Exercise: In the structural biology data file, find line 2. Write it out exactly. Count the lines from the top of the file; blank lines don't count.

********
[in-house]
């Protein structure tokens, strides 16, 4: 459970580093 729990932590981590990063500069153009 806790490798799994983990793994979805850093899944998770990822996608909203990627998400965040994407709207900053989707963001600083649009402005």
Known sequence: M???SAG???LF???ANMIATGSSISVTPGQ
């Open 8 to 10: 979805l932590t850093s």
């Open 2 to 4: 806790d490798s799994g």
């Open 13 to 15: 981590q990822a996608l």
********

């Protein structure tokens, strides 16, 4: 459970580093 729990932590981590990063500069153009 806790490798799994983990793994979805850093899944998770990822996608909203990627998400965040994407709207900053989707963001600083649009402005």